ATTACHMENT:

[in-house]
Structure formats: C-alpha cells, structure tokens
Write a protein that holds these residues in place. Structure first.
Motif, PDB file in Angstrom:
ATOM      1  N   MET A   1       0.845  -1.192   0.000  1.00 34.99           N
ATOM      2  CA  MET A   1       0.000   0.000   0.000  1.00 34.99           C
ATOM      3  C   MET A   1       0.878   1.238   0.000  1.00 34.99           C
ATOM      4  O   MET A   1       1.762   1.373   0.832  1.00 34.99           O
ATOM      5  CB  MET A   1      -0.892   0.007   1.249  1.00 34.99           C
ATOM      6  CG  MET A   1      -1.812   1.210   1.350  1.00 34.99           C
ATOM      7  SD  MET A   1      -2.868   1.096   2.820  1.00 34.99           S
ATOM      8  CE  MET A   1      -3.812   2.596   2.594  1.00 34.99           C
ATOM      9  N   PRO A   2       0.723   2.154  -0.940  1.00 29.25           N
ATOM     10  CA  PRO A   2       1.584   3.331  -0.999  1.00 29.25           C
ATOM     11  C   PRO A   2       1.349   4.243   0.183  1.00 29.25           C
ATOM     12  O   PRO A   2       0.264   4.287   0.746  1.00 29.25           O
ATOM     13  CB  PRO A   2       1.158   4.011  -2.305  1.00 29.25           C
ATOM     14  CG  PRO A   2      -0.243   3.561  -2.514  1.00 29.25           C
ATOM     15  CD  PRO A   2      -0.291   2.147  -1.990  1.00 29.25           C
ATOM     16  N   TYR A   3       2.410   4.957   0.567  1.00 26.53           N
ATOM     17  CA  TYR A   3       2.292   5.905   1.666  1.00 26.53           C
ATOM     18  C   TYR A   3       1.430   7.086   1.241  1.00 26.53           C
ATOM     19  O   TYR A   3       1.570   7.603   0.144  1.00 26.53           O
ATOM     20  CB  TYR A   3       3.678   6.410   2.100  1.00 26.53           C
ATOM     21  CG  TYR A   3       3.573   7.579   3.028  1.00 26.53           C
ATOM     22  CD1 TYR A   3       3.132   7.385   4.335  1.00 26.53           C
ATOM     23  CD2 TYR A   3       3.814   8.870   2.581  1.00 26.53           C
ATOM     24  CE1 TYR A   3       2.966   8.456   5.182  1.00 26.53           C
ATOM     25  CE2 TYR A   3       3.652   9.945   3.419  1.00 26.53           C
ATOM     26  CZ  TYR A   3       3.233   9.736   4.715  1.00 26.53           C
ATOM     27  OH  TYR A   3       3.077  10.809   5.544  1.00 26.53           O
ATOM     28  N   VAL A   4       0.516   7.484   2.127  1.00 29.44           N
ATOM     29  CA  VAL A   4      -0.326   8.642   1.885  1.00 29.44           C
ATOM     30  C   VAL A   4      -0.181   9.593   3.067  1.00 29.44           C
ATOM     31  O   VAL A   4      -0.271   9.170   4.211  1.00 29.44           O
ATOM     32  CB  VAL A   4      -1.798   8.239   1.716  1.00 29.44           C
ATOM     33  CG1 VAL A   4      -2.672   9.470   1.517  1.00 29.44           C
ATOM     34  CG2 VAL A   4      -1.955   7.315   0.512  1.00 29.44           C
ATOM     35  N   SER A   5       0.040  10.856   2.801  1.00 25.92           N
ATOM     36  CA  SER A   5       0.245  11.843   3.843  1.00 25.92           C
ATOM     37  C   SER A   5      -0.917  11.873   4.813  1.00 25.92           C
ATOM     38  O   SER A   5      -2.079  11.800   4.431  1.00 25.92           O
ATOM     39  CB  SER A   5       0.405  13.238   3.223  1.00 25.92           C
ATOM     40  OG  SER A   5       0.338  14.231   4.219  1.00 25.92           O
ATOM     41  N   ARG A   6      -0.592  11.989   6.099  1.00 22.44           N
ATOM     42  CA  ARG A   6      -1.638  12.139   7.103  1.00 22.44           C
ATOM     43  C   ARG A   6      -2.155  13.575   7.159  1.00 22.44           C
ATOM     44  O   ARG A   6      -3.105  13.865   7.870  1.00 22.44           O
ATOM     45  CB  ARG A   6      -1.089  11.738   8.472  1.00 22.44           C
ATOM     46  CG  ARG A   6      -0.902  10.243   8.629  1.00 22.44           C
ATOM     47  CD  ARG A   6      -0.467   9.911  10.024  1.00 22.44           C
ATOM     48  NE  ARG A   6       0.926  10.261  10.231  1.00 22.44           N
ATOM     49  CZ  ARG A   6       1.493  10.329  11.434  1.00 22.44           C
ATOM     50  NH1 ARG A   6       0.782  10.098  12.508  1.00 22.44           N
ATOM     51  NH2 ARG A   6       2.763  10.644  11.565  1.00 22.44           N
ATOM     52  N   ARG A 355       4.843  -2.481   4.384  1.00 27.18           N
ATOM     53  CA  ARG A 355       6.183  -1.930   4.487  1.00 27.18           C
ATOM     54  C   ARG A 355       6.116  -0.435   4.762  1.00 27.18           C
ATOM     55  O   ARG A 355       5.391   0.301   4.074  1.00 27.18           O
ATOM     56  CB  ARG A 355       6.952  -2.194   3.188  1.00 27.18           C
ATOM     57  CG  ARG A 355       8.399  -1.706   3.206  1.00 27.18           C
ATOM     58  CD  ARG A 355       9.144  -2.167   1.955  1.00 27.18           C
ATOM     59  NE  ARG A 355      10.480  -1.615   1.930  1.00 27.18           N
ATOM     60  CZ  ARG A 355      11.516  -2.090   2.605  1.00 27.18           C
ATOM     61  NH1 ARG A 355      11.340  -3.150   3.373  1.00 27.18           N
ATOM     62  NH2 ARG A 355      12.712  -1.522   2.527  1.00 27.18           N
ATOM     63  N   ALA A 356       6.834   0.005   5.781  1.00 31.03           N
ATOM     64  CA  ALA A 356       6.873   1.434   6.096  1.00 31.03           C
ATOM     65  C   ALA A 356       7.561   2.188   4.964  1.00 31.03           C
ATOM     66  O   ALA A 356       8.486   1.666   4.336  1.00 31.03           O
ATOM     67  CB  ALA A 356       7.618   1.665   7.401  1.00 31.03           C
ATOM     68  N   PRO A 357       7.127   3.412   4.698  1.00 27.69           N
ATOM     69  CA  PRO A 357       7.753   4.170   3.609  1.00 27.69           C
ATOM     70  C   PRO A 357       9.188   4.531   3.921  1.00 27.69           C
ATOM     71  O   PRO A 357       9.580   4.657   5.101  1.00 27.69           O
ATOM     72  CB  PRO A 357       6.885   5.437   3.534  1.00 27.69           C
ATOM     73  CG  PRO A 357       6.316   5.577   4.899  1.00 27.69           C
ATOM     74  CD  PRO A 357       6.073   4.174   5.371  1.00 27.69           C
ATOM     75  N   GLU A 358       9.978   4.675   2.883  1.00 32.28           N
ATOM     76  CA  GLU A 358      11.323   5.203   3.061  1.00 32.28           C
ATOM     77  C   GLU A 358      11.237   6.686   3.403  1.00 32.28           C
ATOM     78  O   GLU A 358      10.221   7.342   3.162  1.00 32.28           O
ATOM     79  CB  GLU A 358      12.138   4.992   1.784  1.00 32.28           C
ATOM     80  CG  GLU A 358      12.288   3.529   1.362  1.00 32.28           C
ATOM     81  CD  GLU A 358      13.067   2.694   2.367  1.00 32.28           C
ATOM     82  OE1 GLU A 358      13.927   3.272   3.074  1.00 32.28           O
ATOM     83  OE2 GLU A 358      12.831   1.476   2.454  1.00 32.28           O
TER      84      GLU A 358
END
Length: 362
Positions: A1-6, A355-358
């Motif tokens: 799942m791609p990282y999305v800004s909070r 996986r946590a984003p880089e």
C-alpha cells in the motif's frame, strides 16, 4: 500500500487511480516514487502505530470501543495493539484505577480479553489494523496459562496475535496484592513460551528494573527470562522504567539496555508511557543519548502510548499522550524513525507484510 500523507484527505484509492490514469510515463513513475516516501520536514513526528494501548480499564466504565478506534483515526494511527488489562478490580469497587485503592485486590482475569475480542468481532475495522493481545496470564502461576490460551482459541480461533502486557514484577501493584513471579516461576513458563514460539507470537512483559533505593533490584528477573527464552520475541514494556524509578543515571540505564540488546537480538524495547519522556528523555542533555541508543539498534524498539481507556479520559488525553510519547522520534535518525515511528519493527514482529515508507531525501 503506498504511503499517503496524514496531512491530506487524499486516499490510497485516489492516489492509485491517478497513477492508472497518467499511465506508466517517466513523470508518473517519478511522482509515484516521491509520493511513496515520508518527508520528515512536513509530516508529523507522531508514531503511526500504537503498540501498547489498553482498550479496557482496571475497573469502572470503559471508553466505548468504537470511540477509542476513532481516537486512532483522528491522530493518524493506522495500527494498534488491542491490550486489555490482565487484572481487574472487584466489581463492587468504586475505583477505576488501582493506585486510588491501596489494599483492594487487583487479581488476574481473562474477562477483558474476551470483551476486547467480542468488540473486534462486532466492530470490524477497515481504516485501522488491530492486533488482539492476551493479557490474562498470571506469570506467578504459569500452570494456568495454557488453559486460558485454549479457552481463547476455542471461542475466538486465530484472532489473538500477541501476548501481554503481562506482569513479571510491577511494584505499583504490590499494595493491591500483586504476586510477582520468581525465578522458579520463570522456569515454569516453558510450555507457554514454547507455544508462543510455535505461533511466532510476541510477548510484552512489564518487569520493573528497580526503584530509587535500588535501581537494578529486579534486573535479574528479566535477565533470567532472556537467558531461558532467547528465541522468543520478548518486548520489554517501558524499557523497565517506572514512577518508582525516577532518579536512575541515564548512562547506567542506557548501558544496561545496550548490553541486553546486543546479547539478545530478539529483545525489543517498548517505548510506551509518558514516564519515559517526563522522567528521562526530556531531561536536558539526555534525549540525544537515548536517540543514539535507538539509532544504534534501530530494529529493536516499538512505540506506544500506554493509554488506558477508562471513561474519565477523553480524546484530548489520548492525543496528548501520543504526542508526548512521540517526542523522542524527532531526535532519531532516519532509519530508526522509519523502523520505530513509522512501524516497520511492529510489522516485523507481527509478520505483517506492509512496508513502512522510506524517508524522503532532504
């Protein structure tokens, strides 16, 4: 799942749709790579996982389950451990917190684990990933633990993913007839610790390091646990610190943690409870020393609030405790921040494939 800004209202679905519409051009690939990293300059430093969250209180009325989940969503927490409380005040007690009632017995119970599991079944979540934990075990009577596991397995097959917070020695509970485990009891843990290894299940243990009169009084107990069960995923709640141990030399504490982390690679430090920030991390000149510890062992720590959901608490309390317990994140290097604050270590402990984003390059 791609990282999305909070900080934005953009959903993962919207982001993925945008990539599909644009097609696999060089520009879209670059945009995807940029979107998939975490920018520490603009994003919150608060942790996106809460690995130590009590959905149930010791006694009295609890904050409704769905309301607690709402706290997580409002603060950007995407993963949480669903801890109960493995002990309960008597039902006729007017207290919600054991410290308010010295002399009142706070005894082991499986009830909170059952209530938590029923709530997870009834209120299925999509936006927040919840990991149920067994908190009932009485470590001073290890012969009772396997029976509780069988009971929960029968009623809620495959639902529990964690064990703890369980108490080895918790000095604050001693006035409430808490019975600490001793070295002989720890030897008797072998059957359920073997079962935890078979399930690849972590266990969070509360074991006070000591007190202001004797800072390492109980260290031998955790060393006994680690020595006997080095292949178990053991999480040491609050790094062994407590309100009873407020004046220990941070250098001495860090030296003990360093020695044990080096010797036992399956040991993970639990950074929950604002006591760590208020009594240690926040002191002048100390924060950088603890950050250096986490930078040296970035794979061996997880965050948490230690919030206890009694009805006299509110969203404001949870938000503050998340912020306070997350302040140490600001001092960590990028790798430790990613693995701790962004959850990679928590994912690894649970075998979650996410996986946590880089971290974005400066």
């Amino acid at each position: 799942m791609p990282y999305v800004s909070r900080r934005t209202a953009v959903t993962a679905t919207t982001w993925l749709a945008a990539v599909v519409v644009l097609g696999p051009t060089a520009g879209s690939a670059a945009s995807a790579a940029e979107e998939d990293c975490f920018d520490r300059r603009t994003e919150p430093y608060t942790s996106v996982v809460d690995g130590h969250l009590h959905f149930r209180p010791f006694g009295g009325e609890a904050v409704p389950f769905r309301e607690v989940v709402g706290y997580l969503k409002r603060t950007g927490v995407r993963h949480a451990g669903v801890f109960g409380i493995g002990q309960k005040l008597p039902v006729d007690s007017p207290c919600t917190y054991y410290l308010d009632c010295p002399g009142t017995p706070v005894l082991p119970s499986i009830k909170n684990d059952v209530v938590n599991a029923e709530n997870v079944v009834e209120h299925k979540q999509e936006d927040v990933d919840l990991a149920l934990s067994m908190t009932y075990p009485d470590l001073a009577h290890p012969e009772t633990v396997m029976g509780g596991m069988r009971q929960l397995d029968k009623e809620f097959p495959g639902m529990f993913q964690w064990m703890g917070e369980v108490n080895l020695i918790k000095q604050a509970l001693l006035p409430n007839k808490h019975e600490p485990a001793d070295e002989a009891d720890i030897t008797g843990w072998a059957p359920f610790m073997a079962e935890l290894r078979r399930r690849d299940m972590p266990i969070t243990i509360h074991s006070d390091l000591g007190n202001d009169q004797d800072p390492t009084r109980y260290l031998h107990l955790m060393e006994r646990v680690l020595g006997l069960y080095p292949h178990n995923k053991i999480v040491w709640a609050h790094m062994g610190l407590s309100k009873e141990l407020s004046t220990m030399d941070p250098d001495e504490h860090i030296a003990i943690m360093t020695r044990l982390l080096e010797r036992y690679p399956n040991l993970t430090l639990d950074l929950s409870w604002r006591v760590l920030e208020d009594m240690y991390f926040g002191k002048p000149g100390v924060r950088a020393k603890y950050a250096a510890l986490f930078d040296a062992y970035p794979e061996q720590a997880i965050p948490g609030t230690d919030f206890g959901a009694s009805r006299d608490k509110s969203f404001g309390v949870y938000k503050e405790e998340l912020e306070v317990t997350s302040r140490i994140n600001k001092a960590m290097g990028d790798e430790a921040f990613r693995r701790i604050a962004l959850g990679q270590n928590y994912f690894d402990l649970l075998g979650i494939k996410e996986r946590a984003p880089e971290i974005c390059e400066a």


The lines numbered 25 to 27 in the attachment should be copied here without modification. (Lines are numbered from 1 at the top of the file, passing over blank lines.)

ATOM     21  CG  TYR A   3       3.573   7.579   3.028  1.00 26.53           C
ATOM     22  CD1 TYR A   3       3.132   7.385   4.335  1.00 26.53           C
ATOM     23  CD2 TYR A   3       3.814   8.870   2.581  1.00 26.53           C